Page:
Well because I had missed so many calls recently, I was set that I would get a hold of him. You have to understand that phone usage in Ethiopia is unreliable. INCREDIBLY unreliable. So sometimes when I call, I hear beeps. Sometimes it's rings. Sometimes there is the recording of a woman speaking English. Sometimes it's Amharic. It often says the network is now busy or the subscriber's phone is switched off or: "the person you are trying to reach is not answering" (umm duh?). Just because you get a specific recording doesn't always make it true, either. We learned that particular lesson in 2009 when Nick would spend so much time trying to call me, be so excited to finally get through, then get disconnected a few minutes later.

So I stayed up a little late and started trying to call around 10:15 p.m. Mountain time, or 8:15 a.m. in Ethiopia. I called. and called. and called. I would hit redial, let it ring, hang up when I didn't get through and redial again. Repeat. Repeat. Repeat! It was almost midnight and I still hadn't gotten through. I decided it was going to be my last try. I was barely keeping my eyes open and falling asleep to the beeping sound. Finally I hear, "Hello?" on the other end. "Yemamu!", I yell. The next thing he said? "Kelly, you have called a lot of times," in a very groggy 'I just woke up' kind of way. OH NO! I had literally been calling him for close to two hours straight. The calls had actually all been going through and Yemamu's phone had been ringing the entire time, but he was just trying to sleep and kept hitting silent. UMMMM...STALK MUCH?! Wow. I have apologized about 100 times, asked Nick to call and apologize, and even called back this afternoon to apologize again. He told me not to worry about it, but really, I had his phone ringing for two hours!!!! Oh well. I guess you can't question my determination? :)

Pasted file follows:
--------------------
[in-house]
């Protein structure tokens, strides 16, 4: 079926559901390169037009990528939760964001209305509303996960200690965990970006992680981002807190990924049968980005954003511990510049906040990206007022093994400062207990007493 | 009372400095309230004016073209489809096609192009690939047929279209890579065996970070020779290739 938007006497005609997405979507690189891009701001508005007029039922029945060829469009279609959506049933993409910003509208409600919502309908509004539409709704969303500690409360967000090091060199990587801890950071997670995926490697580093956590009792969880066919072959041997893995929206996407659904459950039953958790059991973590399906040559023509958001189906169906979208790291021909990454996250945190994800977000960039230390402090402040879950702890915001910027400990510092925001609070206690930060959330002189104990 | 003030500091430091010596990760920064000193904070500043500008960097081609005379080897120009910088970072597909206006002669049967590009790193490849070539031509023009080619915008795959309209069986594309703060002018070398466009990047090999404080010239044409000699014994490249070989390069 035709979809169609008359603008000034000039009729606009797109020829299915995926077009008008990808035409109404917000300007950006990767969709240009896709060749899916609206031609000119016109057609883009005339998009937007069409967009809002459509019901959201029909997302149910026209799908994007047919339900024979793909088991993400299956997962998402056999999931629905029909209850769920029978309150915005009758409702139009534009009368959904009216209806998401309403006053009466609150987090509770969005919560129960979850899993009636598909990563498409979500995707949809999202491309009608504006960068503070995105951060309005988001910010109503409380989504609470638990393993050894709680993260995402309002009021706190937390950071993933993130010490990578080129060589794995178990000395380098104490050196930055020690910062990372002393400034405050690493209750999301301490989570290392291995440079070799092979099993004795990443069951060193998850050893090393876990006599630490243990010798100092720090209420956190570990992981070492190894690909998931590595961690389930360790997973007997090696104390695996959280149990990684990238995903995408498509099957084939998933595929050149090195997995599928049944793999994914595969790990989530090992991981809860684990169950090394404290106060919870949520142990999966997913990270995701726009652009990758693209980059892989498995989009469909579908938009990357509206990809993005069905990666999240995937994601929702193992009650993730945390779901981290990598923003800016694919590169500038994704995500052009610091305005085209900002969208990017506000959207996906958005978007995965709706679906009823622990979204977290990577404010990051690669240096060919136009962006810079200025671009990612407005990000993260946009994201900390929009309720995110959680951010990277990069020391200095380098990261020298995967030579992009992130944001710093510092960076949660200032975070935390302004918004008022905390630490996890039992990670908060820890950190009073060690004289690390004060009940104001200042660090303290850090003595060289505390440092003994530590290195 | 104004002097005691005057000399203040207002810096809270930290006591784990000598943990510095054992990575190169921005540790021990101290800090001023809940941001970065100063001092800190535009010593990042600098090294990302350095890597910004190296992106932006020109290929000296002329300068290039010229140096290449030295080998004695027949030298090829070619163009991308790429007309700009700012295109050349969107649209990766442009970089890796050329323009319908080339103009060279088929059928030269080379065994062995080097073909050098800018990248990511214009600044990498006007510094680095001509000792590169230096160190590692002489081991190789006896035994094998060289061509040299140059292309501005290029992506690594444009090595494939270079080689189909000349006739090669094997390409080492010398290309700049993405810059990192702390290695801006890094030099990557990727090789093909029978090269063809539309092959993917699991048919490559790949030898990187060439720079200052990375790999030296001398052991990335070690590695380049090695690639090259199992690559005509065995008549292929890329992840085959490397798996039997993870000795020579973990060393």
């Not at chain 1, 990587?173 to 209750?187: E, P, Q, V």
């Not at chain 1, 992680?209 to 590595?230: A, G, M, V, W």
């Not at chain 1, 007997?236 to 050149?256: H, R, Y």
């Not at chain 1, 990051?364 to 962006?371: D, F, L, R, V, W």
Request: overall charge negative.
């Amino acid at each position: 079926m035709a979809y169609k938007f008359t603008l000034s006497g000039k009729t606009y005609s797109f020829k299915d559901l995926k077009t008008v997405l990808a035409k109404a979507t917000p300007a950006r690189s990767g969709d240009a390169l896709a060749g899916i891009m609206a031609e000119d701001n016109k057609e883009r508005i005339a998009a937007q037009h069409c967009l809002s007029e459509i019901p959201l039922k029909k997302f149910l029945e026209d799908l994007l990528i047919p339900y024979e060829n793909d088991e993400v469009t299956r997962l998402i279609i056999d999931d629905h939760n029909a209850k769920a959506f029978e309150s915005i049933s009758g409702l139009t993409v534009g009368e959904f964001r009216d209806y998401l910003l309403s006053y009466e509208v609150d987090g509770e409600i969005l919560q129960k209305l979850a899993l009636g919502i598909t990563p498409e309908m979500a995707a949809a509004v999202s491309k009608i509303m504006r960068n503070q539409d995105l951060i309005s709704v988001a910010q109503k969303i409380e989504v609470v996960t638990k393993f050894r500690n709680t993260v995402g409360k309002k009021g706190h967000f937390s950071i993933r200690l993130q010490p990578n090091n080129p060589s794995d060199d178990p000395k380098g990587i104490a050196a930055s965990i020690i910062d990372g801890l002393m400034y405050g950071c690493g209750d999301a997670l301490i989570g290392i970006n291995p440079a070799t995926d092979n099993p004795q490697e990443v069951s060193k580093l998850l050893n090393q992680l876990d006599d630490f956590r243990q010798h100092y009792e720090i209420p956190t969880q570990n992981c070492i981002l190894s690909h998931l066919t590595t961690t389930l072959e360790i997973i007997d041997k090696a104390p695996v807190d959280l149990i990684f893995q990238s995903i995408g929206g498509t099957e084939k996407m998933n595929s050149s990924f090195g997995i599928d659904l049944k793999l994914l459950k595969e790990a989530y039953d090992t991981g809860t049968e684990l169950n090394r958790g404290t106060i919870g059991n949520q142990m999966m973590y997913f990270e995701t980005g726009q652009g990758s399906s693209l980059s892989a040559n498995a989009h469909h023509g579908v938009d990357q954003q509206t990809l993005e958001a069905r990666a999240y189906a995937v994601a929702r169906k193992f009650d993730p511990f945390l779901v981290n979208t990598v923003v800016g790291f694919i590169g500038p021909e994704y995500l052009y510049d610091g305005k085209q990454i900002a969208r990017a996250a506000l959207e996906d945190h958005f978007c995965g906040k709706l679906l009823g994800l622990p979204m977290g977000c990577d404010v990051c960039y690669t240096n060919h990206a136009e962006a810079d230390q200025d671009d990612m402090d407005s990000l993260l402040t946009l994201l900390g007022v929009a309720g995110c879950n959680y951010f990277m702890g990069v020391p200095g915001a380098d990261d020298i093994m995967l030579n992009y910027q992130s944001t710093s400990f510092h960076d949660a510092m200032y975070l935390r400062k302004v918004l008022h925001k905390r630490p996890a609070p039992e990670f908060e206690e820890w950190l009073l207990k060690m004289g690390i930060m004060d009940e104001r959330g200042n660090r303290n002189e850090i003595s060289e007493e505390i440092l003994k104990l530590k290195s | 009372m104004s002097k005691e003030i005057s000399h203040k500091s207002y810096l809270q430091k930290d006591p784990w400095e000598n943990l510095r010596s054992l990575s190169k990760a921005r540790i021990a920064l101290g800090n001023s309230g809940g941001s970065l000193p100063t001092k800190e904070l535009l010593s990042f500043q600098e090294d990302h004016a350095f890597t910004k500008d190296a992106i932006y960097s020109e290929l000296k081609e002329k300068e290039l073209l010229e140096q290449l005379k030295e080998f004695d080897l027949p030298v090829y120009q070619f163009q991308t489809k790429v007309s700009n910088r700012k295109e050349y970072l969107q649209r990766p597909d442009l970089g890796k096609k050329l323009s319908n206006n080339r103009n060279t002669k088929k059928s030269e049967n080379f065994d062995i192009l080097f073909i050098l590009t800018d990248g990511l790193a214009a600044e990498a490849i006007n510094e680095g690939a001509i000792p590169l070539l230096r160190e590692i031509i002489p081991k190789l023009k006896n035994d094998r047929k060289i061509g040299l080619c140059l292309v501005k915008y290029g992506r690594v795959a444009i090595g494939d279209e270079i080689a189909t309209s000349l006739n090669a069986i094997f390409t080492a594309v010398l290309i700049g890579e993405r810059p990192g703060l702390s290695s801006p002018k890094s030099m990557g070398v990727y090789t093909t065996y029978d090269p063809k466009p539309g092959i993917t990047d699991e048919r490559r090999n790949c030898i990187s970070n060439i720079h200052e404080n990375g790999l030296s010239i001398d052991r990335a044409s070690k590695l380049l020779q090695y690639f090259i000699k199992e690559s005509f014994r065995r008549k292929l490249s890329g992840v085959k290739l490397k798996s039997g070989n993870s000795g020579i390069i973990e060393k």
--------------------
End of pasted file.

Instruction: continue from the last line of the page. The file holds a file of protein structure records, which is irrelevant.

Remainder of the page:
I felt like this....

Yemamu probably looked like this...

Well, at least that's over!

Sunday, May 8, 2011

Northern Colorado River Run for Orphans 5K

Yesterday we had absolutely perfect weather for the first annual Northern Colorado River Run for Orphans. Nick was the volunteer coordinator and I know how hard the entire team has been working for months leading up to the event yesterday. There were booths from multiple organizations, most advocating for care of orphans, music, a bounce house and some other fun things to enjoy. Let's not forget the 5K and Kid's 1 mile runs, too! 

Nick and I contributed to the children's race goodie bags, including a cross necklace with a leather strand like so many of the kids we spend time with in Ethiopia wear. He made this great tag for them to explain where they came from and I'm glad we were able to contribute in a unique way.

We're looking forward to making this event part of our annual traditions as a family. Enjoy the pictures I snapped!

Registration and information packet


Getting ready for the race!

They don't seem too nervous :)

Representing Ukraine! Love this.

Walking up to the starting line

Race marshals

And they're off!